Edward L. Masry
|Born||Edward Louis Masry
July 29, 1932
Paterson, New Jersey, U.S.
|Died||December 5, 2005
Thousand Oaks, California
|Resting place||Pierce Brothers Valley Oaks Memorial Park
Westlake Village, California
|Alma mater||Loyola Law School
Masry was an American of Syrian descent, born to immigrant parents in Paterson, New Jersey. He moved west to Southern California with his family when he was age eight, settling first in Venice and later in Van Nuys.
As an undergraduate, Masry attended L.A. Valley Junior College, UC Santa Barbara, UCLA, and USC, and served with the U.S. Army in France. Although he never received a Bachelor's degree, Loyola Law School in Los Angeles accepted him on an exemption due to high placement test scores, and he graduated with a Juris Doctor degree in 1960. Thereafter, he was admitted to the State Bar of California, and set up private practice in 1961.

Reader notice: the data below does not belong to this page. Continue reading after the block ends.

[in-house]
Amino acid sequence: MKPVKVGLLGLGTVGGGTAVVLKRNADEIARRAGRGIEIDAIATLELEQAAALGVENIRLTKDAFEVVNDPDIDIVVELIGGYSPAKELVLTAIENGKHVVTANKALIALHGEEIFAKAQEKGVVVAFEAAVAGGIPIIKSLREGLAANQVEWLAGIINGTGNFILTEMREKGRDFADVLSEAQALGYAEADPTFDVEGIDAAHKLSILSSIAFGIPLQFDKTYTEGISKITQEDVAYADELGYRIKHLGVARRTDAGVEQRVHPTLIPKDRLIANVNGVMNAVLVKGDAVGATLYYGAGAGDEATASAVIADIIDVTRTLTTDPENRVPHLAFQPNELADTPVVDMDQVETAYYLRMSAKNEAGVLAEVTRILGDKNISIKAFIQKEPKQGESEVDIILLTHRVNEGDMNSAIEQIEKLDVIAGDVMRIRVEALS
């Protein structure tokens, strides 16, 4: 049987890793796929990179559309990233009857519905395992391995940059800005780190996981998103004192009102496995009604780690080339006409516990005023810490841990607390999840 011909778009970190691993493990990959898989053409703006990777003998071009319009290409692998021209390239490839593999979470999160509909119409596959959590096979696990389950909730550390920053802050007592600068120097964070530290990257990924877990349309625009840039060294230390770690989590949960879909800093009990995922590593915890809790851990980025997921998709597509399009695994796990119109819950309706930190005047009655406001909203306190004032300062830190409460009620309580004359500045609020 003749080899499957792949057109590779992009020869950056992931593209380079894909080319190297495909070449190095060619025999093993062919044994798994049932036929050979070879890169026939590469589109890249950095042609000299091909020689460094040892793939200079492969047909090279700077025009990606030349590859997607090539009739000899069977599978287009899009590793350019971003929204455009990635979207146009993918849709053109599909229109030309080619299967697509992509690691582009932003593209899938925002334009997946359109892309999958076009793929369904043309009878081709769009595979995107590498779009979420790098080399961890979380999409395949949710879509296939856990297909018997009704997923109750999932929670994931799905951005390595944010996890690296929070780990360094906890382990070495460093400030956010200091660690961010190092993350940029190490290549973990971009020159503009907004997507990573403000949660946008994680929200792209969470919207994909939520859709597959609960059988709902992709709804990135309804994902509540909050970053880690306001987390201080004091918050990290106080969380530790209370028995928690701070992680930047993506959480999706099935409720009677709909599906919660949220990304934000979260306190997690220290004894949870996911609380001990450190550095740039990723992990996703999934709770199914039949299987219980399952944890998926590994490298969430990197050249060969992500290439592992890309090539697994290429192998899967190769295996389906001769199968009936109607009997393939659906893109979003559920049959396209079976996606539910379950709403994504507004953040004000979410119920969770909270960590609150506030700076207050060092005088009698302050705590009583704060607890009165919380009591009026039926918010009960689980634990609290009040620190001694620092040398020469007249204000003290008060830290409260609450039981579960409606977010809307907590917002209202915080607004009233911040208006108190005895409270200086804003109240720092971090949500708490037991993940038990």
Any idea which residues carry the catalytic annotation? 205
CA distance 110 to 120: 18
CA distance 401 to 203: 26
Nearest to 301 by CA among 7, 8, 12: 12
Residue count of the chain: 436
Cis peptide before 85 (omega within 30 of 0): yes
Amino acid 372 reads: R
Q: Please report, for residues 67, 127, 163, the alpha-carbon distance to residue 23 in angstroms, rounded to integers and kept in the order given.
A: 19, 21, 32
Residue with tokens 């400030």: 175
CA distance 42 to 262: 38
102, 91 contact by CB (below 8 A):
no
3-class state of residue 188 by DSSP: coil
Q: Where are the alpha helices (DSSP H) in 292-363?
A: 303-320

His firm was instrumental in bringing about the multi-plaintiff direct action suit against Pacific Gas & Electric Company, alleging contamination of drinking water with hexavalent chromium in the Southern California town of Hinkley. The case was settled in 1996 for $333 million, the largest settlement ever paid in a direct-action lawsuit in American history.
The case was adapted for the successful 2000 film Erin Brockovich, with Albert Finney portraying Masry. He had a non-speaking cameo appearance in the film, as a restaurant patron sitting behind Julia Roberts, in the same diner that cameos Erin Brockovich as a waitress.
Masry died at age 73 at Los Robles Hospital in Thousand Oaks, due to complications related to diabetes. He had resigned from the City Council of Thousand Oaks one week earlier because of his medical condition.
- Martin, Douglas (December 8, 2005). "Edward L. Masry, 73, pugnacious lawyer, dies". New York Times. Retrieved October 20, 2016.
- Oliver, Myrna (December 7, 2005). "Ed Masry, 73; Attorney won major settlement from PG&E, sat on Thousand Oaks council". Los Angeles Times. Retrieved October 20, 2016.
- Pierson, David; So, Hemmy (February 4, 2006). "PG&E will pay residents who sued over groundwater pollution". Retrieved October 20, 2016.